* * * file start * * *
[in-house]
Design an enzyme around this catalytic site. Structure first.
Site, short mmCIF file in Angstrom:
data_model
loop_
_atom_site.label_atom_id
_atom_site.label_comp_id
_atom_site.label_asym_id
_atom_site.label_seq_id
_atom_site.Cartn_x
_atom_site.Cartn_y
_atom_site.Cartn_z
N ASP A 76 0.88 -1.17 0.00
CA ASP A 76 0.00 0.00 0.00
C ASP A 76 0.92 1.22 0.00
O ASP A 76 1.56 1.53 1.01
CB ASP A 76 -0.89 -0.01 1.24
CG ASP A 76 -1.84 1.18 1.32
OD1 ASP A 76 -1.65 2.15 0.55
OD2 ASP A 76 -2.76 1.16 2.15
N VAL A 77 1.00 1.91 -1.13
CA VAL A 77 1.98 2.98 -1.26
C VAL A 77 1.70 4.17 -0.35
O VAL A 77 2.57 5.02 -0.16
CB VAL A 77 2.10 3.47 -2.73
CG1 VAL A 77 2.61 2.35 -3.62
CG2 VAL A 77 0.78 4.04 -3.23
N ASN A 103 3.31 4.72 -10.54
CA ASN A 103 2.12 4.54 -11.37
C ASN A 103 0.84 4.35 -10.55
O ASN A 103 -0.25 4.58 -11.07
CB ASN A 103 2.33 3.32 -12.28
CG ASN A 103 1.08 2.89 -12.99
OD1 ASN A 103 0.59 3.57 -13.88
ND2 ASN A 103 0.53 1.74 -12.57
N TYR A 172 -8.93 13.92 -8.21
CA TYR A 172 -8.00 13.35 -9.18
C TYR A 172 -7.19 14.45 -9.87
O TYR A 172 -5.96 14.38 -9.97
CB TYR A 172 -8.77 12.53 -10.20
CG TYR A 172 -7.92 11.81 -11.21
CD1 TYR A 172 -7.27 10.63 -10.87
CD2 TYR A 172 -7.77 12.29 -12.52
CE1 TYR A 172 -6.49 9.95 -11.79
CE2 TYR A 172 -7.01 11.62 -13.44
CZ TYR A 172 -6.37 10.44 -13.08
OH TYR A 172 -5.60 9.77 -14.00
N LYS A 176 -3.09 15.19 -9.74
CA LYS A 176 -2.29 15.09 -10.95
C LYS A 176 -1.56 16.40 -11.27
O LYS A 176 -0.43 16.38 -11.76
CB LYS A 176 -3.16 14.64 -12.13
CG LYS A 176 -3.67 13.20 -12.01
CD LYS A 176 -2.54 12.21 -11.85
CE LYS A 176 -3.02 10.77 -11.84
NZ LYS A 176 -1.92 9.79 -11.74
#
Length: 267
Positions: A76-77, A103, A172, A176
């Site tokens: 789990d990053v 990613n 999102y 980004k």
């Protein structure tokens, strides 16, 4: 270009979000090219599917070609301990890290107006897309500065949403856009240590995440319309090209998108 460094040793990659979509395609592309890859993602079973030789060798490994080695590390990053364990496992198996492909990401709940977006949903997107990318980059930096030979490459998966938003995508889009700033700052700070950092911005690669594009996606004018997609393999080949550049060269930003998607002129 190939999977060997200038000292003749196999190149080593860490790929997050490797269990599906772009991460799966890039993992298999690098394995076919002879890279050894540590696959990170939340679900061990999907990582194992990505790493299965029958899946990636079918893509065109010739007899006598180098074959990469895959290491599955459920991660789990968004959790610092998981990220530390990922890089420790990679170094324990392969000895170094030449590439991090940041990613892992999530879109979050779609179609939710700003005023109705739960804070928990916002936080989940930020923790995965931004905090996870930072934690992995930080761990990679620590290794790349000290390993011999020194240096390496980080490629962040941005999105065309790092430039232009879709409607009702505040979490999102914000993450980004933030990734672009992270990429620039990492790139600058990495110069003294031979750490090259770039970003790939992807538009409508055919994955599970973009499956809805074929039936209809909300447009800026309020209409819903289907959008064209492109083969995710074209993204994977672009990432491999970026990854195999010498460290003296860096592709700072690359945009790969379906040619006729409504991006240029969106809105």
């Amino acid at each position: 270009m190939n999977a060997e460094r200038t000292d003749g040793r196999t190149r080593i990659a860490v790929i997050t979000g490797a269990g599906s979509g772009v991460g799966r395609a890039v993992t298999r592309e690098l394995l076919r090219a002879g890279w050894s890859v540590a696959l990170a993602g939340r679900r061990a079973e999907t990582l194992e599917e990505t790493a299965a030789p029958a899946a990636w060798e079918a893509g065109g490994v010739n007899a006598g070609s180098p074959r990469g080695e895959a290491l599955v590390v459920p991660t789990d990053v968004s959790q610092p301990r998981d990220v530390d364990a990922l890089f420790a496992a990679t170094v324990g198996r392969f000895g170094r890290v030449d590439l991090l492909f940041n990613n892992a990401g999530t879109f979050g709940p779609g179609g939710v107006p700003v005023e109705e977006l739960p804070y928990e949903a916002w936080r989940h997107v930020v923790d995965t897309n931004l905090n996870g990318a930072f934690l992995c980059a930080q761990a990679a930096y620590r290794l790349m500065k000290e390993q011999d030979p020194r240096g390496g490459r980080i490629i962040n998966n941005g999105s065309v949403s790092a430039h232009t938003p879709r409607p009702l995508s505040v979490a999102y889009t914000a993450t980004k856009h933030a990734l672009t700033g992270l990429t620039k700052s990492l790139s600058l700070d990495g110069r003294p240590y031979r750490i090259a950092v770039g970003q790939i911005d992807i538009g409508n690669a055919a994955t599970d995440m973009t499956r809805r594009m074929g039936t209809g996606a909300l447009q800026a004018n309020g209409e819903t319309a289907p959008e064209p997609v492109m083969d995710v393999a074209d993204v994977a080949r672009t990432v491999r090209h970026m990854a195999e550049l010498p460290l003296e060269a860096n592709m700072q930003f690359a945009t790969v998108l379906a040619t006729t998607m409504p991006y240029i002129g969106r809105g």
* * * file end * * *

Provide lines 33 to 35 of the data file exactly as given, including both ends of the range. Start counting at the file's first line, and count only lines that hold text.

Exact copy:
CG ASN A 103 1.08 2.89 -12.99
OD1 ASN A 103 0.59 3.57 -13.88
ND2 ASN A 103 0.53 1.74 -12.57